Perino playfully pointed out Sanders had left an "opening" to do so. Sanders said she didn't envision being in her current posting as recently as two years ago.
"Never say never, but I don't think that's part of the master plan for me, but again, right now it's one day at a time and trying to do the best I can," she said.
Sanders began at the White House as deputy press secretary to Sean Spicer, but she moved into his role after Spicer resigned in July.
The post Huckabee Sanders Doesn’t Rule Out Future Run for Office: ‘Never Say Never’ appeared first on Washington Free Beacon.
Senate Majority Leader Mitch McConnell (R., Ky.) laughed on Sunday at a clip of Steve Bannon's political threat against him that invoked the assassination of Julius Caesar.
Bannon, who was the White House's chief strategist until getting fired in August, has declared "war" on the GOP establishment, with McConnell one of the main politicians in his crosshairs.
CNN's "State Of The Union" played a clip of Bannon at the recent conservative Value Voters Summit talking about McConnell. He pondered aloud who is going to be "Brutus to your Julius Caesar," referring to one of the assassins of the Roman emperor.
McConnell laughed softly as host Dana Bash asked him what he thought about Bannon recruiting candidates with the goal of deposing him as Majority Leader.
"Well, this element has been out there for a while," McConnell said. "They cost us five Senate seats in 2010 and 2012 by nominating people who couldn't win in November. In order for the president's agenda to advance, we have to be able to elect people who support the agenda."
In 2014 and 2016, McConnell said, the Republicans nominated candidates who could win and thus they took back and kept the Senate.
McConnell praised President Donald Trump during the interview for his judicial nominations and said he trusted him as a negotiating partner.
The post McConnell Laughs at Steve Bannon’s ‘Julius Caesar’ Threat Against Him appeared first on Washington Free Beacon.
"We find that, depending on the year considered, the new Republican tax plan raises GDP by between 3 and 5 percent and real wages by between 4 and 7 percent," the economists explain. "This translates into roughly $3,500 annually more annual real take-home pay for the average American household."
Economists believe this growth can happen due to the plan's aim to reduce the marginal effective corporate tax rate from 34.6 percent to 18.6 percent, which they believe will grow the capital stock by 12 to 20 percent.
While critics of the plan have said the tax cuts will add costs to the economy, the Boston University economists say the plan is essentially revenue neutral due to the economy's expected expansion. They point out that closing corporate tax loopholes helps keep the plan revenue neutral and increased revenues are a result of broadening the tax base.
The study also says every American can benefit from this tax reform framework.
"The [Unified Framework] tax reform delivers small increases in lifetime welfare to current retirees and moderate ones to workers and future generations," the study states. "All generations benefit from the policy. The old benefit slightly from higher rates of return on their investment, and the young from higher wages."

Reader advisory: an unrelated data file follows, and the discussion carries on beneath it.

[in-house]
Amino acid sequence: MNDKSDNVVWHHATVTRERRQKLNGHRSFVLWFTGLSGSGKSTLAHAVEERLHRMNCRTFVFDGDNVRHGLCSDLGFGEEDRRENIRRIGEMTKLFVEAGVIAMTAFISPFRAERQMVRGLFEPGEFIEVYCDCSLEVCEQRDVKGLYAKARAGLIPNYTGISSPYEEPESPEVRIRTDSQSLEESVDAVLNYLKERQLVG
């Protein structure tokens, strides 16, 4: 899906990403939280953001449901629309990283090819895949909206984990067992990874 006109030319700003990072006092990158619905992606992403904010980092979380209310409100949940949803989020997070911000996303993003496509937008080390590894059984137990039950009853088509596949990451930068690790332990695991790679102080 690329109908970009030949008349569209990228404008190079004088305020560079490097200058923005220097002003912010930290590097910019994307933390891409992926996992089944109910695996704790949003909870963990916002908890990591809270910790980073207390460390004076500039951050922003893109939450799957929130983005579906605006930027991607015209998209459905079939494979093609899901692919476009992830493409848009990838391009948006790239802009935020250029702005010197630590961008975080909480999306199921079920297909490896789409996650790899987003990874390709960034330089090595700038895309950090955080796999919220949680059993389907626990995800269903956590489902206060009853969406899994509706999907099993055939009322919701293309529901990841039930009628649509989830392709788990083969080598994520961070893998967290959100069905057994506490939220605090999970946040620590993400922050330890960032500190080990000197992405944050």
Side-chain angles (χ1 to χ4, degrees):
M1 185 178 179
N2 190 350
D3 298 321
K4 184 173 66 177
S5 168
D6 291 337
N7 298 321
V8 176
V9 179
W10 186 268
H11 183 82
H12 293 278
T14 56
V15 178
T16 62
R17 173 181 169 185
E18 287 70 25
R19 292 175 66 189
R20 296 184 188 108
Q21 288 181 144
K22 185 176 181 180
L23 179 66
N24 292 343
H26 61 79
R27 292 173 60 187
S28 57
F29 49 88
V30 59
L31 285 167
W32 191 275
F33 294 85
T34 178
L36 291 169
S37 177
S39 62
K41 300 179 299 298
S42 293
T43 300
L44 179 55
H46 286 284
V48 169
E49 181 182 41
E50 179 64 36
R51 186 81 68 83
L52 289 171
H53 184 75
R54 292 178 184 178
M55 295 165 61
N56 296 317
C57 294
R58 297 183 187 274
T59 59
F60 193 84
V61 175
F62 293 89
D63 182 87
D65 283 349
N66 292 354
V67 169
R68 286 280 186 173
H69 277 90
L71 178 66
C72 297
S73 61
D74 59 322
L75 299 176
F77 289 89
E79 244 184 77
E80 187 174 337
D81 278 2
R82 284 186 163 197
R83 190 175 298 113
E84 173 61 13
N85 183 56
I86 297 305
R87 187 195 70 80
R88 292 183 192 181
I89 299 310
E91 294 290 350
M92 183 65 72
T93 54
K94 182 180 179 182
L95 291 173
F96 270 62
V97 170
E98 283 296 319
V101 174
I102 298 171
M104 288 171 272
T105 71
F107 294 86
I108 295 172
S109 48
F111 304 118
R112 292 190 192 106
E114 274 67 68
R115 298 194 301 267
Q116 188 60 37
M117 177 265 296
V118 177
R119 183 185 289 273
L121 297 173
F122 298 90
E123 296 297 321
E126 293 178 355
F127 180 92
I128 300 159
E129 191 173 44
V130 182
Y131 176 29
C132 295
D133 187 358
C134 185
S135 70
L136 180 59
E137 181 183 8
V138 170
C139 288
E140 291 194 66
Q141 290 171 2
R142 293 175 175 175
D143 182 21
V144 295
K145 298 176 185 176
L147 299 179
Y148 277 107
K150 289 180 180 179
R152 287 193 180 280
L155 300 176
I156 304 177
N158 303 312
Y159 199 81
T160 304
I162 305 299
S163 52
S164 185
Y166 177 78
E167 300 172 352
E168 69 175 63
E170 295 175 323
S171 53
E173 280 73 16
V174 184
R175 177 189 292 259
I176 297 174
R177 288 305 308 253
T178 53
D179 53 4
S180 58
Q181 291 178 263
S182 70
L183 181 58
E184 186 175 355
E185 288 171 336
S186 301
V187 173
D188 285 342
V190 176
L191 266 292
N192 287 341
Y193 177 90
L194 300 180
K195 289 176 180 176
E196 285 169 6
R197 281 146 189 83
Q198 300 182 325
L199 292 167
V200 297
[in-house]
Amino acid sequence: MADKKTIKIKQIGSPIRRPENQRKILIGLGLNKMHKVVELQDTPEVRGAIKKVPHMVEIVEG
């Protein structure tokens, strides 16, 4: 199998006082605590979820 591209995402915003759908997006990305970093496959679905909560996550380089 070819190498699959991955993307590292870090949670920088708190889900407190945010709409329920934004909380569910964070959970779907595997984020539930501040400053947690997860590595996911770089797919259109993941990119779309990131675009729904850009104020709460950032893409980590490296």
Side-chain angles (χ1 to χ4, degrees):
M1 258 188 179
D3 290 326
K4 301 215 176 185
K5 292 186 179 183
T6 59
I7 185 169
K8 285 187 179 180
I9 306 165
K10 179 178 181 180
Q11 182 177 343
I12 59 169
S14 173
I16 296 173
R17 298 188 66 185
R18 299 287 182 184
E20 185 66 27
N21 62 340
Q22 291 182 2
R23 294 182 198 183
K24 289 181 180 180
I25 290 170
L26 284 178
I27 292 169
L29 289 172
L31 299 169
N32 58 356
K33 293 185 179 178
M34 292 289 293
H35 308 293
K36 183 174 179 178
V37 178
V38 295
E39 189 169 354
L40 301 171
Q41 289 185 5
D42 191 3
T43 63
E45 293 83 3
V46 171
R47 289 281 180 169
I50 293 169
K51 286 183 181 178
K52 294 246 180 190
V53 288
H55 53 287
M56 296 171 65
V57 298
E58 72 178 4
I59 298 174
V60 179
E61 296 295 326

The Boston University study is similar to the findings from the Council of Economic Advisers study put out earlier this week, which said that the average household income could increase by $4,000 annually if the corporate tax rate was cut from 35 percent to 20 percent.
"The truth is that a tax cut like this very conservatively will increase the median wage by about $4,000 a year over a relatively short time," said Kevin Hassett, the chairman of the Council of Economic Advisers. "If you look at some of the more optimistic estimates of the literature and then run the thing over time you could be looking at $10,000, even $20,000 higher wages relative to baseline, and that's the message of this tax reform."
The post Report: GOP Tax Framework Could Raise GDP By 5%, Wages By 7% appeared first on Washington Free Beacon.
Americans like capital punishment. Support for the practice has remained at or above 60 percent since 1972, sometimes reaching as high as 80 percent. In 2016, a plurality of those surveyed said the death penalty was imposed "not enough," while voters in Nebraska, Oklahoma, and California voted yes on pro-death-penalty referenda.
The number of executions per year has fallen notably since the penalty was reinstated in 1976—down from 98 in 1999 to 20 last year. However, 2016's rate is not meaningfully lower than that of the late ‘80s and early ‘90s, when there were as few as 11 executions in 1988.
It is thus bizarre that death penalty abolitionists so frequently insist the practice is on its way out. End of Its Rope, from UVA law professor Brandon L. Garrett, is the latest text to sell this strange belief.
"We can abolish the death penalty. We must abolish the death penalty," Garrett writes. "Ten years ago, that declaration would have been laughable, just another liberal fantasy. But no more."
What follows is 300-odd pages of the aforementioned liberal fantasy: a theory of why the death penalty has dropped in recent years, how this evidences its impending abeyance or abolition, and how "the death penalty’s demise will allow us to focus on remedying" the whole list of ills the left attributes to the justice system.
Garrett cites several causes of the recent decline in executions. One is the precipitous decline of the crime rate—this makes sense, since if there are fewer crimes, there are fewer criminals. He also points to better-funded and more effective public defender programs. To the extent this is accurate, it is to be lauded—a healthy adversarial justice system requires good defenders along with prosecutors.
But Garrett's evidence that public defense has been weak (leading to high rates of execution) is thin, leaning for pages on a single anecdote about a sleeping defense lawyer to prove his point. Anecdote is generally a key feature of Garrett's argument, relying as abolitionists tend to on the worst examples of procedural misconduct to indict all of capital punishment.
Conspicuously absent from Garrett's narrative are the deliberate efforts of abolitionists to lobby and litigate the penalty out of existence, what Justice Samuel Alito called a "guerilla war against the death penalty." Although Garrett does allude to the enormous cost (millions) and time (decades) involved in actually executing someone, he manages to omit how these numbers are driven by anti-death-penalty attorneys, filing motion after motion to forestall execution. This strategy, stretching back to the NAACP Legal Defense Fund's expanded death penalty litigation in the 1960s, has prompted legislation like the 1996 Antiterrorism and Effective Death Penalty Act—passed in the wake of the Oklahoma City Bombings—and 2016's proposition 66, which California voters passed by some 300,000 votes.